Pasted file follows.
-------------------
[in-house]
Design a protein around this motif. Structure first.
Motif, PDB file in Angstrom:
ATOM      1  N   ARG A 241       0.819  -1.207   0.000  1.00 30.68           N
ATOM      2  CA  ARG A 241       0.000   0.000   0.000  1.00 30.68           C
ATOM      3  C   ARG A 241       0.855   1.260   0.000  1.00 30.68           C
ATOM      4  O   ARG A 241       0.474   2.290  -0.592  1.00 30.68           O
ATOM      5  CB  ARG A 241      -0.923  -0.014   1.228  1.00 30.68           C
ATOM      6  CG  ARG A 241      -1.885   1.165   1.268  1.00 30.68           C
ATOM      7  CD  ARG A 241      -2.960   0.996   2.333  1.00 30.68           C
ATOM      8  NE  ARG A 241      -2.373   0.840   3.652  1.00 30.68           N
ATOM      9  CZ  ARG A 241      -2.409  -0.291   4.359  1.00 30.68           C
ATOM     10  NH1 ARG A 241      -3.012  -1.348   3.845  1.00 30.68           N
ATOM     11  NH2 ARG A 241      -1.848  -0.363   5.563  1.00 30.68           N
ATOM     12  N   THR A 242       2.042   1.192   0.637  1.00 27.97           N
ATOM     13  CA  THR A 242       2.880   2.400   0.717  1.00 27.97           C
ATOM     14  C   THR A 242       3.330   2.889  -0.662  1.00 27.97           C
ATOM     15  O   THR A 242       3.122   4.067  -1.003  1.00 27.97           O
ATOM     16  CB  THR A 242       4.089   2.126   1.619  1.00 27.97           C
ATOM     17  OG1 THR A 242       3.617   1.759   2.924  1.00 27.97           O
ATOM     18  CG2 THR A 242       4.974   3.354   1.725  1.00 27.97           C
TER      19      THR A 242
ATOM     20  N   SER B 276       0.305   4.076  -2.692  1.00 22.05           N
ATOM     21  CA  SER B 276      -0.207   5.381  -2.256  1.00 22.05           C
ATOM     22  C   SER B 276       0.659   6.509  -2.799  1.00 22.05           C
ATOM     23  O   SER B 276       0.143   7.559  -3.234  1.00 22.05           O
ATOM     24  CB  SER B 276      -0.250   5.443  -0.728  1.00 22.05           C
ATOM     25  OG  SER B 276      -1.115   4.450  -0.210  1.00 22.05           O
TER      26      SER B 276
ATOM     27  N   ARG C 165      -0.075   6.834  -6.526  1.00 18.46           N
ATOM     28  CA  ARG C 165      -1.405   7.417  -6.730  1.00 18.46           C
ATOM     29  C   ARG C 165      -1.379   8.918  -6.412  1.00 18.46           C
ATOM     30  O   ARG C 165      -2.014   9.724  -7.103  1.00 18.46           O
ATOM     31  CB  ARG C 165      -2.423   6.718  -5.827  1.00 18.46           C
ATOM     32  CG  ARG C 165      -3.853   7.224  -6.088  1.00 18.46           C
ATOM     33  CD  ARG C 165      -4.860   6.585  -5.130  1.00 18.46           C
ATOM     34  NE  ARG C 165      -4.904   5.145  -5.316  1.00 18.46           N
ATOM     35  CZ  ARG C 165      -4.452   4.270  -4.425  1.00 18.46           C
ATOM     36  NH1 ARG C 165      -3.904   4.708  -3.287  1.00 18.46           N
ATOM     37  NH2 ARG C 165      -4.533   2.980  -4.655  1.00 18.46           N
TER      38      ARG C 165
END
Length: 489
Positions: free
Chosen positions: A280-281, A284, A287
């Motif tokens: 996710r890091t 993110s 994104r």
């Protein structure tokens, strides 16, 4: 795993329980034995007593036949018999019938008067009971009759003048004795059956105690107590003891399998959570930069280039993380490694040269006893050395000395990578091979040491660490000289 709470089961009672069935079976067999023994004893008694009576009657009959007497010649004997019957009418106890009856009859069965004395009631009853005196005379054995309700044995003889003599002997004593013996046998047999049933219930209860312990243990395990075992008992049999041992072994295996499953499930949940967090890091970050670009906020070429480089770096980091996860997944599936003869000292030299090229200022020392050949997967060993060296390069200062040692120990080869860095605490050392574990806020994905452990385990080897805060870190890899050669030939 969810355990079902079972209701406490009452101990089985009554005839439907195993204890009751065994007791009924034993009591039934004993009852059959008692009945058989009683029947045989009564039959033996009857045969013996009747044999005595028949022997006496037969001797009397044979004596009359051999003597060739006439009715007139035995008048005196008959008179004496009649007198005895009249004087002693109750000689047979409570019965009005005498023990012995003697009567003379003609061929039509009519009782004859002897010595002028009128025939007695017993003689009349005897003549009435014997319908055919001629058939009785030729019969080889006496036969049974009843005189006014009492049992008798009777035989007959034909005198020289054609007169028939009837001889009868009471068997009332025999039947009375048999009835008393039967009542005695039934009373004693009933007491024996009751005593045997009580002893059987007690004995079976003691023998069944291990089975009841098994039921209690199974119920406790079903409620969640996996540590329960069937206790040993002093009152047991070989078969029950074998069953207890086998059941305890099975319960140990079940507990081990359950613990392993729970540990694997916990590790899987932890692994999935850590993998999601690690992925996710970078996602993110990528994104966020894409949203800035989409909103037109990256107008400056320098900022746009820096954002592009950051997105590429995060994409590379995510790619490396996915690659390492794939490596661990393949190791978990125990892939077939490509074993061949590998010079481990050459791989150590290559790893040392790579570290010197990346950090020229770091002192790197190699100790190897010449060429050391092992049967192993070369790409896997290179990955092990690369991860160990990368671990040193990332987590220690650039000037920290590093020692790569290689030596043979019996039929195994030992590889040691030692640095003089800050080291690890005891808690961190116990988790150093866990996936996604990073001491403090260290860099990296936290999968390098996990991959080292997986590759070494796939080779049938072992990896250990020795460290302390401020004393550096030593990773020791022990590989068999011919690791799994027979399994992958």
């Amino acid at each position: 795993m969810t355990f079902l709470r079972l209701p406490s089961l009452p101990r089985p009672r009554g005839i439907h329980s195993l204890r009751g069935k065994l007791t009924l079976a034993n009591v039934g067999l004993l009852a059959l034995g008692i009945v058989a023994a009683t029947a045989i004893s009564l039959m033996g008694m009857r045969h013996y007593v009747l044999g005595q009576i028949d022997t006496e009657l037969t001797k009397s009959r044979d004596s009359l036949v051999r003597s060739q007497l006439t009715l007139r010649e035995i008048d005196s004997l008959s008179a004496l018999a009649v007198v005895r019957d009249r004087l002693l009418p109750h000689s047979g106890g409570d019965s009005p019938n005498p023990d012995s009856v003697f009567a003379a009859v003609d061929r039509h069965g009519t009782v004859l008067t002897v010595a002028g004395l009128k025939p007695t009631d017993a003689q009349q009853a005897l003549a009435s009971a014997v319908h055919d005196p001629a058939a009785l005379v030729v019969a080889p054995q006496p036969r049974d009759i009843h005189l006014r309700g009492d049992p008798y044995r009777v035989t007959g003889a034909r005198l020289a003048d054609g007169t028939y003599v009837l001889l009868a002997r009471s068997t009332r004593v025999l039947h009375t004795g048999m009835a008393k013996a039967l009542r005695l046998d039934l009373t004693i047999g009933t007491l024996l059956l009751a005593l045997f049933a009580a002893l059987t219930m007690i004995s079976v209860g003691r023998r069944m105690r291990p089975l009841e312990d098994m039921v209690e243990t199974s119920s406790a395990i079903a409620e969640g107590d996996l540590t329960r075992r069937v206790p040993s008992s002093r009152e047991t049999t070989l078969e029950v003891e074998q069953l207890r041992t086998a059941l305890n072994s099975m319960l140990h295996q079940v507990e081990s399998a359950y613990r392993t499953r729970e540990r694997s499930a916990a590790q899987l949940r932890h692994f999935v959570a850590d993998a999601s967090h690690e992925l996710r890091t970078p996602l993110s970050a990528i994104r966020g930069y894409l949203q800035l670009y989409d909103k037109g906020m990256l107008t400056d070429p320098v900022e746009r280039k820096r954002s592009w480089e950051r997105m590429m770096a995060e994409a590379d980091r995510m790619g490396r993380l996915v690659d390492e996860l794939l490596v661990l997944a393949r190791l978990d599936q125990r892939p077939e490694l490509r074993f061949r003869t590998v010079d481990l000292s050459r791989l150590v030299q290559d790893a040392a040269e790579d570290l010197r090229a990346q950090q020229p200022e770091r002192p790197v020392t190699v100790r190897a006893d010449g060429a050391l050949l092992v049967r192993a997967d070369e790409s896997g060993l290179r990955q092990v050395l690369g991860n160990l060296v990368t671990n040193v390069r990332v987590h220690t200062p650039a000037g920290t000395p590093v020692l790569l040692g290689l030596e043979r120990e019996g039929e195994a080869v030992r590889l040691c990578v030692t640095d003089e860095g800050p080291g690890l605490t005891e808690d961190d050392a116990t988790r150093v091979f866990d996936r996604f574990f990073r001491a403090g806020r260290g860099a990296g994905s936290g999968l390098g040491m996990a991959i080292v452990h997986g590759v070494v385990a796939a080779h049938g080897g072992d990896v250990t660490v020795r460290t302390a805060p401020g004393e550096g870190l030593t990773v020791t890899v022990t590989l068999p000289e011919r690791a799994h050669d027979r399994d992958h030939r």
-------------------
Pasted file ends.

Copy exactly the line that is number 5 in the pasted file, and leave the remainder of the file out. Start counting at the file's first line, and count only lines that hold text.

ATOM      2  CA  ARG A 241       0.000   0.000   0.000  1.00 30.68           C